Emma Raducanu vows to 'come back stronger' after dream run at Wimbledon ends

    Emma Raducanu has vowed to come back stronger.

    (CNN)Emma Raducanu says she'll "come back stronger" after her fairytale maiden run at Wimbledon ended on Monday evening after she retired from her fourth-round match with "breathing difficulties."

    The 18-year-old Brit -- who was playing in her first ever grand slam -- lost the first set and was trailing 0-3 in the second against Ajla Tomljanovic when she called on a trainer.
    During the second set, she frequently bent over with her hand to her stomach, showing signs of discomfort. A first trainer was followed by a second shortly after, with one appearing to listen to her breathing as she sat on Court One.
      Having left the court for further treatment, it was announced minutes later that Raducanu would not be returning. Wimbledon later confirmed she had withdrawn from her match.
        Raducanu's popularity has soared this week and she took to social media to assure her new fans that everything was fine.
        "I wanted to let everyone know that I am feeling much better this morning," she wrote on Twitter Tuesday.
        "First up, I want to congratulate Ajla on an incredible performance and I'm sorry our match ended the way it did. I was playing the best tennis of my life in front of an amazing crowd this week and I think the whole experience caught up with me.
        She said she began to "breathe heavily and felt dizzy" after a number of "super intense rallies" before the medical team advised her to stop playing.
        "Although it felt like the hardest thing in the world not to be able to finish my Wimbledon on court, I was not well enough to carry on. I want to thank the people who have cheered me on every single match, I wanted to win so badly for you!
        "I also want to thank the All England Club, my team, the LTA, my parents and friends. Last night will go a long way to helping me learn what it takes to perform at the top.
        "I will cherish everything we have achieved together this week and come back stronger! Can't wait to see what's next on my journey."
        Raducanu goes off court for a medical time out against  Tomljanovic.
        After progressing to her first career grand slam quarterfinal where she'll face compatriot Ashleigh Barty, Tomljanovic admitted she felt "sorry" for Raducanu.
        "I'm actually really shocked," 28-year-old Tomljanovic said. "It's obviously bitter-sweet.
        "Emma must be really hurt if she came to the decision to retire. To play as a Brit at home is unbelievable, so I'm really sorry for her. I wish we could have finished it. It's sport, it happens. I'm really wishing her all the best."
        Wimbledon posted their appreciation of Raducanu's debut run in a statement on Tuesday.
        "We were very sad to see Emma forced to withdraw from her match last night and wish her all the best with her recovery. She should be commended for the poise and maturity she has shown throughout the Wimbledon Fortnight and we very much look forward to welcoming her back to Wimbledon next year and in the years to come."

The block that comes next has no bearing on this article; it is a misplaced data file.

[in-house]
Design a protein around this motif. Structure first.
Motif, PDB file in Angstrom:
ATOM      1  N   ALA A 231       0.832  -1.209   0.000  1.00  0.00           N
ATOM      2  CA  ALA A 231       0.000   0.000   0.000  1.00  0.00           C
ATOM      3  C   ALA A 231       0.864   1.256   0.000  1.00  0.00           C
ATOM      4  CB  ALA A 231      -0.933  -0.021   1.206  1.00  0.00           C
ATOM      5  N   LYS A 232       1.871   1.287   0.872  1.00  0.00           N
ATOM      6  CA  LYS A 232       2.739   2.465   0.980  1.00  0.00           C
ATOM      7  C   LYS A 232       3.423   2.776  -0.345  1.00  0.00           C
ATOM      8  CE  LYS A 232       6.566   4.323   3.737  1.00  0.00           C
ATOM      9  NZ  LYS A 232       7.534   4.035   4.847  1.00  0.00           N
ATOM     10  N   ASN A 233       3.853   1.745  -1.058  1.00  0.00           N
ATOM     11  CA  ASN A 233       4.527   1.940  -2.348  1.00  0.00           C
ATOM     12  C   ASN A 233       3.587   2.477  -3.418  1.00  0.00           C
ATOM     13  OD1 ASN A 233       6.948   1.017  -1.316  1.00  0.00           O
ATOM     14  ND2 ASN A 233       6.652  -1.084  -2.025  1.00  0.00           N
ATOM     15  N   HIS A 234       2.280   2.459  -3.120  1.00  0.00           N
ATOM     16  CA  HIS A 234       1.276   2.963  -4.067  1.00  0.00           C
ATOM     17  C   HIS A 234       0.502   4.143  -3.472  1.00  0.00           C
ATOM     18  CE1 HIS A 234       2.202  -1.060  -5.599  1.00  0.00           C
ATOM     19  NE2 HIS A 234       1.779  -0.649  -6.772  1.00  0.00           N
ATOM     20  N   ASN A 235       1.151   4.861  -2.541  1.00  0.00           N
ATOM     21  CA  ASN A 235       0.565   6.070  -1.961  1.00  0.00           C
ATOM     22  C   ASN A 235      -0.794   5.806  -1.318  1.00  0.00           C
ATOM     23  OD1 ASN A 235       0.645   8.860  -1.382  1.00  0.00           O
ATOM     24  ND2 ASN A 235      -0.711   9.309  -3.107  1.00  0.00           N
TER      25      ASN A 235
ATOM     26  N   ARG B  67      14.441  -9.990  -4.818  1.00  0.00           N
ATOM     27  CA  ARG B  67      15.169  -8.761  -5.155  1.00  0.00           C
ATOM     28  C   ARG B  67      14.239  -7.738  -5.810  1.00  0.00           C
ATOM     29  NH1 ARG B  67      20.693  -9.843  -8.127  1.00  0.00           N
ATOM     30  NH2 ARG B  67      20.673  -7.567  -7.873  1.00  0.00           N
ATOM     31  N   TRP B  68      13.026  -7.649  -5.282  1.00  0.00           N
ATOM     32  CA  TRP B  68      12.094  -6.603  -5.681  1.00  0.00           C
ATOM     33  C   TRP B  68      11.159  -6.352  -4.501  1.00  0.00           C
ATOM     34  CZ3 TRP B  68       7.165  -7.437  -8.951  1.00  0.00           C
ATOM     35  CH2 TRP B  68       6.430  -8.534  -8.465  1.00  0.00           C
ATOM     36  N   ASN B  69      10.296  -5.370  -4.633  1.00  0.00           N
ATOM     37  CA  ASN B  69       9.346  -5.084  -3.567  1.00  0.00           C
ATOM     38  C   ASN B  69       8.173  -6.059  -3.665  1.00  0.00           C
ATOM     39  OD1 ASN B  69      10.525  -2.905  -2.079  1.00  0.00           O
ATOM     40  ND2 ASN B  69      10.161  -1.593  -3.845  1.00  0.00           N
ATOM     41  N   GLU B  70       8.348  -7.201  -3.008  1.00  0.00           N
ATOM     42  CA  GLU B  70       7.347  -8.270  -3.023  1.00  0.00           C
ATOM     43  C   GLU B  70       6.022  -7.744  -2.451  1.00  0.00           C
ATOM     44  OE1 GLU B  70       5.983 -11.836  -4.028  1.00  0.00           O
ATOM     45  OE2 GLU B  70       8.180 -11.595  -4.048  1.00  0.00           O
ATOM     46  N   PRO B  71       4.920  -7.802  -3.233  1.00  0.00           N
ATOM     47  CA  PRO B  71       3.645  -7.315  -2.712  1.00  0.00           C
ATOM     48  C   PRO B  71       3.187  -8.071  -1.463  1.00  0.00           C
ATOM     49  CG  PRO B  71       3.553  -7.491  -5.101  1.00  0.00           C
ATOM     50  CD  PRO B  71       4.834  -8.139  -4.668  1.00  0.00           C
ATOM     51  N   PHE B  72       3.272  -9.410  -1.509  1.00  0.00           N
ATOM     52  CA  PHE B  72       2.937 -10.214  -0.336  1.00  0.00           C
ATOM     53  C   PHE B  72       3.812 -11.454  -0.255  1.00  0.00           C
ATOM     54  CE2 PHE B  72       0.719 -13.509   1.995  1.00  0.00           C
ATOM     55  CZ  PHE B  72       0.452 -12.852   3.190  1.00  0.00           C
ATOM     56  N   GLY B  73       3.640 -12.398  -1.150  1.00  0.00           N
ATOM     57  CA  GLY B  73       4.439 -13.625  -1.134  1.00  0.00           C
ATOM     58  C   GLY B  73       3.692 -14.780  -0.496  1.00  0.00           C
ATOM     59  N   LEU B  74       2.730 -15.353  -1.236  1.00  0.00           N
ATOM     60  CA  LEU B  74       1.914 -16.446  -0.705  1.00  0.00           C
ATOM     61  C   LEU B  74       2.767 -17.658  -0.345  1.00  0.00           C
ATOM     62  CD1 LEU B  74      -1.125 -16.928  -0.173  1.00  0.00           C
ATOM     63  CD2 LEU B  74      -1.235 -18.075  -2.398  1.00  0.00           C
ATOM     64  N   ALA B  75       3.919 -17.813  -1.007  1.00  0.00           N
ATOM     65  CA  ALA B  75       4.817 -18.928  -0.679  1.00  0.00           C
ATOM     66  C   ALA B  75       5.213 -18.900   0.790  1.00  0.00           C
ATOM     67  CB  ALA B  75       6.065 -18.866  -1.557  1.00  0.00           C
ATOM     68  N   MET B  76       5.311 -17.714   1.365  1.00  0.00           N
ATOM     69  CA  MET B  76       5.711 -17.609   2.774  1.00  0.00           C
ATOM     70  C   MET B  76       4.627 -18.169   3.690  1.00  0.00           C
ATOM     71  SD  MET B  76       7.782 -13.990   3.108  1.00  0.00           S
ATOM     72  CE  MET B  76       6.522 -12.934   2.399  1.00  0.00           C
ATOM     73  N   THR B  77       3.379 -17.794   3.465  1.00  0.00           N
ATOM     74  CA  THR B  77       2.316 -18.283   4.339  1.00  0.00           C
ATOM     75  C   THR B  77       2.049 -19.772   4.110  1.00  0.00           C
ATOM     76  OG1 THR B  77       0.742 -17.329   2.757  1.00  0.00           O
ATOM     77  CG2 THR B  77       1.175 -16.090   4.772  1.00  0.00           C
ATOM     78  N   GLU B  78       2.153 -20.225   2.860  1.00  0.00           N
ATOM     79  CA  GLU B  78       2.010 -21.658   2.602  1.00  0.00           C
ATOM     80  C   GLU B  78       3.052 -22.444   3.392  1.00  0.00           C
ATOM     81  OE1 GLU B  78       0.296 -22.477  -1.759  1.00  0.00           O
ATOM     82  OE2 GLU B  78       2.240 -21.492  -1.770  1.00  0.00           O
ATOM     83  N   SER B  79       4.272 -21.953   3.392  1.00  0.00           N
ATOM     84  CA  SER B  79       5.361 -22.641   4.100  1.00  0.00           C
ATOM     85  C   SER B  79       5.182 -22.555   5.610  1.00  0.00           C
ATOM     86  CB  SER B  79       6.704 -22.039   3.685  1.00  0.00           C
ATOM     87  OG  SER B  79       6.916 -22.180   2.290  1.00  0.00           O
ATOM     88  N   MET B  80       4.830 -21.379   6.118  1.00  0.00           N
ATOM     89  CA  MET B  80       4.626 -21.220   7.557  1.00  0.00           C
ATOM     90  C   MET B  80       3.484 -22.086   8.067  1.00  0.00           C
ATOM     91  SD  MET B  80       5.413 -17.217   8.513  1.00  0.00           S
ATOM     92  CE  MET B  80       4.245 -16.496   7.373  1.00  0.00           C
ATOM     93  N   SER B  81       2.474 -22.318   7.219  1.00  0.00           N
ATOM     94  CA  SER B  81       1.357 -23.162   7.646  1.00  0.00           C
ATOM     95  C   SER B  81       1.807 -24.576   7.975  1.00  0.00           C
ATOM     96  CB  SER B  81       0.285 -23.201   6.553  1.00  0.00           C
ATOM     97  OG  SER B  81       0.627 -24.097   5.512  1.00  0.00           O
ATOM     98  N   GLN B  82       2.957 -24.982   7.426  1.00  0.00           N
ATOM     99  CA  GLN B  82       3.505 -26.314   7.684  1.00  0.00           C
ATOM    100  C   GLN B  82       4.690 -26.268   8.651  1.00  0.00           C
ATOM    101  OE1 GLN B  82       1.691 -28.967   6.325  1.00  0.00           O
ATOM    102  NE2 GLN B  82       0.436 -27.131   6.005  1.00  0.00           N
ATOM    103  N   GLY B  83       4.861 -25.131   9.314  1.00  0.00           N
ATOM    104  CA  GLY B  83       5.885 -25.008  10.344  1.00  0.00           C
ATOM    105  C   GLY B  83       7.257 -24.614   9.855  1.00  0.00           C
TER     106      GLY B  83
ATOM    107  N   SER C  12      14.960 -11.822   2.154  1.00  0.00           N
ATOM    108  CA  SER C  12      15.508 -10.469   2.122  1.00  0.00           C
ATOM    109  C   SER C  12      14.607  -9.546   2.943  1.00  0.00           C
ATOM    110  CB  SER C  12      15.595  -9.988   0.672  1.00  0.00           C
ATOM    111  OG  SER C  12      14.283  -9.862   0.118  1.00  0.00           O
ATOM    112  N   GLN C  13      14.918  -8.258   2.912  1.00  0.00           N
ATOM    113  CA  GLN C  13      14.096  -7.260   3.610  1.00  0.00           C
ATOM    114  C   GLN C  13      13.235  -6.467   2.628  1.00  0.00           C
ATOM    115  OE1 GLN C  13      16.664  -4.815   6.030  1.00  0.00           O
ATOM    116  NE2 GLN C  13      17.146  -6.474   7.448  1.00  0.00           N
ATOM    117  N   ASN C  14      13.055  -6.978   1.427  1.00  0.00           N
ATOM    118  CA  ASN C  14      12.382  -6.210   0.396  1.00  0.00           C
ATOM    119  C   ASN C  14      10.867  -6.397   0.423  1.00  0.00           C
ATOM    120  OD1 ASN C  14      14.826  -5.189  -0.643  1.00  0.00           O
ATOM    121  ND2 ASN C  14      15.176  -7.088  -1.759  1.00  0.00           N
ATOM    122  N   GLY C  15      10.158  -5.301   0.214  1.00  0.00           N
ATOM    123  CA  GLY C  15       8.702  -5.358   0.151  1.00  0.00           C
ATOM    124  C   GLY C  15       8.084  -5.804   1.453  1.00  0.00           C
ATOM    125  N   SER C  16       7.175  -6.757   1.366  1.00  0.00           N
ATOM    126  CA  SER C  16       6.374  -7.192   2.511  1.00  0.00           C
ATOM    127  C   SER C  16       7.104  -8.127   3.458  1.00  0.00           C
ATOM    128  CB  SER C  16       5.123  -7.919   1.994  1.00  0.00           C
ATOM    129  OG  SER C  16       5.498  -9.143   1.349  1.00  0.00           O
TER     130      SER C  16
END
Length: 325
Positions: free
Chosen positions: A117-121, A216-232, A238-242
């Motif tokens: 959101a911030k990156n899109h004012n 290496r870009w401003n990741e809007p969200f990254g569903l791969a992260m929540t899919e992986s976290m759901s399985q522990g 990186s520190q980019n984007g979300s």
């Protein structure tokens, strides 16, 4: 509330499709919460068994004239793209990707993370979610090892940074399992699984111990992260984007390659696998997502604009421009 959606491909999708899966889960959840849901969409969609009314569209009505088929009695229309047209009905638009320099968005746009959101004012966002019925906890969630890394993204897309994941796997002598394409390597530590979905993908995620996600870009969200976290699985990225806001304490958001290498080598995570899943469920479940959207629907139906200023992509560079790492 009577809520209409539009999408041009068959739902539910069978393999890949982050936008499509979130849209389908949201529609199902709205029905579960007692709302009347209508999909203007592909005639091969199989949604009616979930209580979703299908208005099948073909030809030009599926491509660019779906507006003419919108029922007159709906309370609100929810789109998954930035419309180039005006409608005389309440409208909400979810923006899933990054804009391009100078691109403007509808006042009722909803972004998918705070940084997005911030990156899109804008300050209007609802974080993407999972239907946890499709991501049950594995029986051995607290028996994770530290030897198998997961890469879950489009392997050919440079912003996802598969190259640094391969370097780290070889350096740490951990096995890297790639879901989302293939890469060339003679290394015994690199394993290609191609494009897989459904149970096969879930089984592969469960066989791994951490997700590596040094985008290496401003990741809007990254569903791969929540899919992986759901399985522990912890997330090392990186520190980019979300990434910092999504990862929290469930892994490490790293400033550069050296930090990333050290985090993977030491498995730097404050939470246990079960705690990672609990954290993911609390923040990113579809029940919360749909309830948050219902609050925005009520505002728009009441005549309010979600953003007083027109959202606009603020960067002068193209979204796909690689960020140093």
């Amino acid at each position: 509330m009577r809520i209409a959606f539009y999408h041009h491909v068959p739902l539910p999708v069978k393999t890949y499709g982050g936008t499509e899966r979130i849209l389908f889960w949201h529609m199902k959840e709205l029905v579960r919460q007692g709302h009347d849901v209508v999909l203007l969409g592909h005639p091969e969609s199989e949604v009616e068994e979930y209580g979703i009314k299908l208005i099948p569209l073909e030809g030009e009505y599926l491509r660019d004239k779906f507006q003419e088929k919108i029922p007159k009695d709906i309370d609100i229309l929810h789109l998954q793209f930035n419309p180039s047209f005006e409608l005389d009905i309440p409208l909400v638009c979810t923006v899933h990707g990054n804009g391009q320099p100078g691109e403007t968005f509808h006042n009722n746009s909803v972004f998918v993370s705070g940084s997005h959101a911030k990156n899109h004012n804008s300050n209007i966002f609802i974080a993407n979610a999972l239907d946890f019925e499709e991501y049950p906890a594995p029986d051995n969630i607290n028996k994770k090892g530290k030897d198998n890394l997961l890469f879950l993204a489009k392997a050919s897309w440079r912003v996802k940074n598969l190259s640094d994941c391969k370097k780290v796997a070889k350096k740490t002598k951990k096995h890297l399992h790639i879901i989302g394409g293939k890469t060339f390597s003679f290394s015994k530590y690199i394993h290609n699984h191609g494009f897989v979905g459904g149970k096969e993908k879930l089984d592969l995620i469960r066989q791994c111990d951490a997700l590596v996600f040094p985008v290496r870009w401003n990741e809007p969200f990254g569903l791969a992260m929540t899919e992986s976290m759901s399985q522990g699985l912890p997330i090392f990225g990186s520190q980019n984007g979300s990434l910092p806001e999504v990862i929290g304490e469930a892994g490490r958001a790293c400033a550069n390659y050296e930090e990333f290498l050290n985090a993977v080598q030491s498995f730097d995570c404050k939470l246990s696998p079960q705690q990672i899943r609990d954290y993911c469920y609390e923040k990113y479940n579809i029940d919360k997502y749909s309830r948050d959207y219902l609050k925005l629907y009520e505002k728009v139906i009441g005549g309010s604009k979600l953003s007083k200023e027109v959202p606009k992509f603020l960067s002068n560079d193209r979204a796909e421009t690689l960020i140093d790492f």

The end of the road

        It was a disappointing end to a remarkable breakthrough competition for the young British player, who was ranked No. 338 before the start of the tournament.
        Raducanu beat two top-50 opponents, Marketa Vondrousova and Sorana Cirstea, on her way to the last 16 and became a true fan favorite not just with her tennis abilities, but also with her acts of humility after she was seen cleaning up her own trash after her second round victory.
        Raducanu and Tomljanovic were forced to wait until late into the evening to begin their fourth-round meeting due to a five-set thriller between Alex Zverev and Felix Auger-Aliassime before them.
        The 75% capacity crowd was clearly in Raducanu's corner, cheering every point she won like a match winner.
        However, after failing to convert some early break points, world No. 75 Tomljanovic showed her experience, claiming the first set under the Court One roof.
        She was firmly in control of the second set when Raducanu retired, and the possibility of facing her fellow Australian in the next round has got Tomljanovic excited.
        "Because of the circumstances, it hasn't sunk in that I'm in the quarters," she said. "But to be playing Ash, two Aussies, with one of us sure to go to the semis -- it's great. I think everyone back home is really happy. I'm thrilled to play Ash. It will be a great match."
        Tomljanovic plays a forehand against Raducanu.

        Easing through

        Eight-time Wimbledon champion Roger Federer progressed to the quarterfinals of the grand slam on Monday for the 18th time, extending his own record at the competition.
        The Swiss looked relatively comfortable on his way to beating 23rd seed Lorenzo Sonego 7-5 6-4 6-2 on Centre Court in the fourth round, extending his lead at the top of the all-time list for most Wimbledon quarterfinal appearances, ahead of Jimmy Connors.
          Federer celebrates winning match point against Sonego.
          "I'm extremely happy," Federer said. "Again, tricky conditions -- inside and outside -- against Lorenzo who is always dangerous, but I felt that after that first set, I was able to control things. It was a great match and I couldn't be more excited to be in the quarterfinals. It's a big moment and I'm very, very happy."